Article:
Though, the full work schedule means that I haven't had the time I expected to reconnect with friends or work on personal projects. I had grand plans of finally redesigning and moving this website, working on my XML skills, and enjoying parts of Chicago that I don't often get to visit. I have been able to visit with most of my extended family though, and for that I am very grateful.
Nick made me a beautiful book of some of his favorite recipes from this website for Christmas. He did all of the layout by hand, making it a far more time-consuming – and more beautiful – book than the ones I typically order for loved ones through online photo services. It was a nice way to look back on the last several years. I still have a lot to learn, but it is encouraging to see a physical representation of how my photography has improved since the early days in 2005. I am sometimes tempted to tear everything down and reshoot it all – but other days I appreciate the steady progress this website displays.
I hope everyone enjoyed some time off with friends and family over these past few weeks. Have a happy and safe celebration this evening. I look forward to sharing more photographs and recipes with you in the new year!
My first weekend back in Chicago was a snowy, blustery one. Roofs were blown off buildings, buses were traveling at a comically slow speed, and I made a trip to the nearest shoe store for some very ugly, but very waterproof snow boots. I was back in the city for a brief visit in order to interview for two winter internships with the American Library Association. I'm happy to report that I will be able to accept both of them and I'm looking forward to working with and learning from the APA and ALCTS staff members.
After my interviews, I took the train back to Champaign in order to work for a few more days at my graduate assistantship before officially leaving for winter break. Amazingly, I managed to work ahead over 45 hours this semester, which will allow me pursue other work experience with my time off from school. Campus is covered in a blanket of snow and ice, and though it is finals week, many students have already left and everything is quieting down.
Tonight, I will take my sixth train ride in six days back to Chicago – and hopefully stay put for a bit. Long days of travel and bracing cold have me hankering for warm, hearty dinners like this mushroom bourguignon.
Adapted from Smitten Kitchen
2 Tbl olive oil
2 Tbl butter, softened
2 lbs cremini mushrooms, in 1/4-inch slices (no stems)
1 small carrot, finely diced
1 small yellow onion, finely diced
2 cloves garlic, minced
1 C full-bodied red wine
2 C vegetable broth
2 Tbl tomato paste
1/2 tsp dried thyme leaves
1 1/2 Tbl flour
1 C frozen pearl onions, peeled and thawed
Salt and pepper
Egg noodles, for serving
Sour cream and chopped Italian parsley for garnish
Heat one tablespoon of olive oil and one tablespoon of butter in a heavy saucepan over high heat. Sear the mushrooms for three to four minutes. The mushrooms should brown, but don't cook so long that they release their juices. Remove the mushrooms from the pan and set aside.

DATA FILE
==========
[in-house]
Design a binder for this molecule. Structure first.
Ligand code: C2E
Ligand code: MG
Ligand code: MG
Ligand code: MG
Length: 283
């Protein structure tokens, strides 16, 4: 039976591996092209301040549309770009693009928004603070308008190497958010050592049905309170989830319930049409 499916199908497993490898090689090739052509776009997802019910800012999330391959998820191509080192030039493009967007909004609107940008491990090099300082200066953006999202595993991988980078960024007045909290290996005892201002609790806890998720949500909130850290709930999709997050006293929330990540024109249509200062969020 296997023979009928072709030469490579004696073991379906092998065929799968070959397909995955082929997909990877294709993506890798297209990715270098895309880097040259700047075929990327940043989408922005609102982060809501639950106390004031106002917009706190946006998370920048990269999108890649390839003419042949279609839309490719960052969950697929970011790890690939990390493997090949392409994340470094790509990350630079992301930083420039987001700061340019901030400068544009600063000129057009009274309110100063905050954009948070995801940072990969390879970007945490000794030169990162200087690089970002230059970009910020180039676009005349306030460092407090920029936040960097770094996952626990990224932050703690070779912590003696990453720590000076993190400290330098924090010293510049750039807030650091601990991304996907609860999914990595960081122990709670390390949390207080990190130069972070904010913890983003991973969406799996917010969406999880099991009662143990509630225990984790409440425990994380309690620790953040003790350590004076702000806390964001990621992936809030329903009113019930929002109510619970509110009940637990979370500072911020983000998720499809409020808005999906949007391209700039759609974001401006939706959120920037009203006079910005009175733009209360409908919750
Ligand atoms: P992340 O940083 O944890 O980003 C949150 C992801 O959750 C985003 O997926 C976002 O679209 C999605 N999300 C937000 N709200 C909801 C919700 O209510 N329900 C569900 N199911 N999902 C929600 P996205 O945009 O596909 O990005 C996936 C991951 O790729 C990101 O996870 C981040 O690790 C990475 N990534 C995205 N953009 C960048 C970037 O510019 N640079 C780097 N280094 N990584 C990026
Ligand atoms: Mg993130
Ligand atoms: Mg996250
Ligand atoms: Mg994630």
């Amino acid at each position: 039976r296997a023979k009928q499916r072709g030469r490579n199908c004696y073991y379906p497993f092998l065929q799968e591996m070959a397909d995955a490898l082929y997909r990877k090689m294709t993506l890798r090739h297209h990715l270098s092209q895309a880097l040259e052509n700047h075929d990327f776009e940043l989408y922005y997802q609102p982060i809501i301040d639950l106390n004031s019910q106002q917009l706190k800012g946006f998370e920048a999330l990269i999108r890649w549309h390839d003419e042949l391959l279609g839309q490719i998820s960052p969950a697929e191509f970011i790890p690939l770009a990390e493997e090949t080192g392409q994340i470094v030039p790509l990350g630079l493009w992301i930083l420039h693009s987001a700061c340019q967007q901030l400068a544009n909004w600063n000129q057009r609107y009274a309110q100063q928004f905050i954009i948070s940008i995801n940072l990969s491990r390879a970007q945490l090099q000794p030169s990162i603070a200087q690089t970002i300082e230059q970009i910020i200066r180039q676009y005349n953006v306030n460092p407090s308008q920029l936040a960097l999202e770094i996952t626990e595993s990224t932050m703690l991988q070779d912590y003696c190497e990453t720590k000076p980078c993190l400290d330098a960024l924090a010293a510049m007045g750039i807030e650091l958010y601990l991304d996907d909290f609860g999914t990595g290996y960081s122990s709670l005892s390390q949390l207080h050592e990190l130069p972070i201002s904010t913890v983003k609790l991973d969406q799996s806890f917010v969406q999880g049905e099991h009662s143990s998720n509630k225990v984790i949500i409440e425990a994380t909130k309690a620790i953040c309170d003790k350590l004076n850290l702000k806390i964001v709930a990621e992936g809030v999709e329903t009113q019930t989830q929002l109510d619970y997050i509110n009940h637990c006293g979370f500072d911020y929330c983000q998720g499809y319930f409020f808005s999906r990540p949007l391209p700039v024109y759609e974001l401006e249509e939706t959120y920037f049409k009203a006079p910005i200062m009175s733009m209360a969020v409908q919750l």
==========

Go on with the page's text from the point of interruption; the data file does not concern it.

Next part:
Reduce the heat to medium and add one tablespoon of olive oil. Cook the carrot, onion, thyme, salt and pepper for about 10 minutes or until the onions begin to brown. Add the garlic and cook one more minute.
Add the wine to deglaze the pan, and then turn the heat all the way up and reduce the liquid by half. Add the tomato paste, broth, and the mushrooms- along with any juices. Bring the mixture to a boil and then simmer for 20 minutes, or until mushrooms are very tender.
In a small bowl, mix one tablespoon of butter with the flour until smooth. Add this mixture to the stew and simmer for 10 more minutes, or until the stew has the consistency your desire. Season to taste with salt and pepper.
Serve the stew over a bowl of egg noodles with a dollop of sour cream and a small handful of Italian flat-leaf parsley.
It's hard to believe that my first semester of graduate school is nearing an end. After one more class and two more papers, I'll be in Chicago working at a soon-to-be-finalized internship and falling back into familiar habits. I'm looking forward to having a bit of time to focus on a few personal projects and to running on the Chicago lakefront as I train for the Illinois Marathon in April.
A few months ago, I received a review copy of Silvana Nardone's Cooking for Isaiah in the mail; a cookbook of gluten-free and dairy-free meals and the antithesis of my typical diet. I have a few friends with a gluten or dairy intolerance and I was drawn to some of the simpler recipes in the book. This Florentine Cake is quick, delicious, and it doesn't require any special ingredients.
You are probably wondering why I'm posting a recipe that calls for fresh tomatoes in December. When I visited the winter farmer's market in Urbana this past weekend, one farm had some very nice greenhouse tomatoes. I bought a few with this recipe in mind. However, the dish would be great with oil-packed sun-dried tomato halves or even thin slices of winter squash.
Florentine Cake with Tomato-Garlic Gratin
Adapted from Cooking for Isaiah
(The original recipe called for 8 eggs and 1 clove of garlic)
1/2 C rice cereal crumbs
3 cloves garlic, grated
1/2 tsp crushed red pepper flakes
1 Tbl olive oil, plus extra for drizzling
5 large eggs, at room temperature, lightly beaten
10 ounces frozen, chopped spinach, thawed and pressed dry
2 medium tomatoes, sliced 1/4 inch thick
Preheat oven to 350F
In a small bowl, combine the first four ingredients and set aside.
In a medium ovenproof skillet, heat the oil over medium-low heat. In a large bowl, combine the eggs, spinach, and 1 tsp of salt. Pour the egg mixture into the hot skillet, shake to even out, and place the tomatoes on top. Cook without stirring for about 4 minutes, or until the edges are set and the center is beginning to set.
Top with the garlic crumbs and drizzle with olive oil. Bake for ten minutes or until golden and set in the center. Serve warm.